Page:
The Centers for Disease Control and Prevention (CDC), in partnership with the Sierra Leone College of Medicine and Allied Health Sciences (COMAHS) and the Sierra Leone Ministry of Health and Sanitation (MoHS), is now enrolling and vaccinating volunteers for the Sierra Leone Trial to Introduce a Vaccine against Ebola (STRIVE). This study will assess the safety and efficacy of the rVSV-ZEBOV candidate Ebola vaccine among health and other frontline workers.
Efforts must still continue
“A safe and effective vaccine would be a very important tool to stop Ebola in the future, and the frontline workers who are volunteering to participate are making a decision that could benefit health care professionals and communities wherever Ebola is a risk,” said CDC Director Tom Frieden, M.D., M.P.H. “We hope this vaccine will be proven effective but in the meantime we must continue doing everything necessary to stop this epidemic —find every case, isolate and treat, safely and respectfully bury the dead, and find every single contact.”
Study conducted in heavily affected areas
STRIVE will enroll about 6,000 health and other frontline workers. It will be conducted in Western Area Urban district, which includes Freetown, Western Area Rural district, and certain chiefdoms in Bombali, Port Loko, and Tonkolili districts. These study locations were selected because they have been heavily affected by the Ebola outbreak in the past few months.
Hope and pride
“We are happy to be partnering with MoHS and CDC on this important study, which may help to prevent future cases of Ebola,” said Mohamed Samai, M.B., Ch.B., Ph.D., acting Provost of COMAHS and the study’s principal investigator. “It brings me hope and pride that my country can take from this devastating epidemic something that may benefit people around the world.”
When participants enroll in the study, they will be assigned randomly to one of two timeframes for vaccination – either immediately or about six months later. All study participants will receive the vaccine and be followed closely for six months. The study will evaluate if and how well the vaccine worked by comparing rates of Ebola virus disease in those who are vaccinated to those who have not yet received the vaccine.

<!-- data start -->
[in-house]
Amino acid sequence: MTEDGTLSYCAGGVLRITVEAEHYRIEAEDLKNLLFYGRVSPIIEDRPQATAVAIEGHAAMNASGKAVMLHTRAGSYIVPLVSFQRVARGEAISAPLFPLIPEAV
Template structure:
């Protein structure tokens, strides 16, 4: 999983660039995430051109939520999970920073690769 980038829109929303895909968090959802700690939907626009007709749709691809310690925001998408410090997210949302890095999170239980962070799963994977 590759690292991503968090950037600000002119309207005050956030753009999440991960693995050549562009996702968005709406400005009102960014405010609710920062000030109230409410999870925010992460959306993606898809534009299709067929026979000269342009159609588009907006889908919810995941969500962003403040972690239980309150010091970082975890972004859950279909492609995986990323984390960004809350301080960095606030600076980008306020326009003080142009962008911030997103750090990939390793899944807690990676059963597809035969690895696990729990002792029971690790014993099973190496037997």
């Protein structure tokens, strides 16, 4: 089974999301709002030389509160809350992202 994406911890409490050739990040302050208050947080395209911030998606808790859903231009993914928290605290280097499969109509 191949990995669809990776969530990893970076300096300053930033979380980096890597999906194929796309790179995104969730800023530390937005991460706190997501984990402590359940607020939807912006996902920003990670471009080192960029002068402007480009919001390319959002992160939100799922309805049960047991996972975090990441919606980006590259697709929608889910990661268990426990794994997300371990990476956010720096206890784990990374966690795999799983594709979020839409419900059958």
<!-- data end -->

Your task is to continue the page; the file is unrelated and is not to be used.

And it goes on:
How it (might) work
The rVSV-ZEBOV candidate vaccine uses a vesicular stomatitis virus carrying a non-infectious Ebola virus gene. The vaccine cannot cause Ebola virus disease but can potentially stimulate an immune response to protect against the disease. The vaccine was developed by the Public Health Agency of Canada’s National Microbiology Laboratory and licensed to NewLink Genetics. In 2014, NewLink Genetics entered into a licensing and collaboration agreement with Merck to research, develop, manufacture, and distribute the rVSV-ZEBOV candidate vaccine. The vaccine has, and continues to be, studied in hundreds of people (as of March 26, 2015, more than 800 people) in Africa, Canada, Europe, and the United States. Results from early studies to date of the vaccine show an acceptable safety profile and indicate that the rVSV-ZEBOV candidate vaccine produces an immune response. The Biomedical Advanced Research and Development Authority is supporting the advanced development and manufacturing of the vaccine and is assisting CDC in conducting the clinical trial in Sierra Leone.
Because it is not yet clear how much protection, if any, the rVSV-ZEBOV candidate vaccine may offer, health and other frontline workers who receive the vaccine should continue to take full preventive actions to protect themselves from Ebola, including proper training, focused protocols and procedures, and use of all recommended personal protective equipment.
Learn more about STRIVE at www.cdc.gov/vhf/ebola/strive/.
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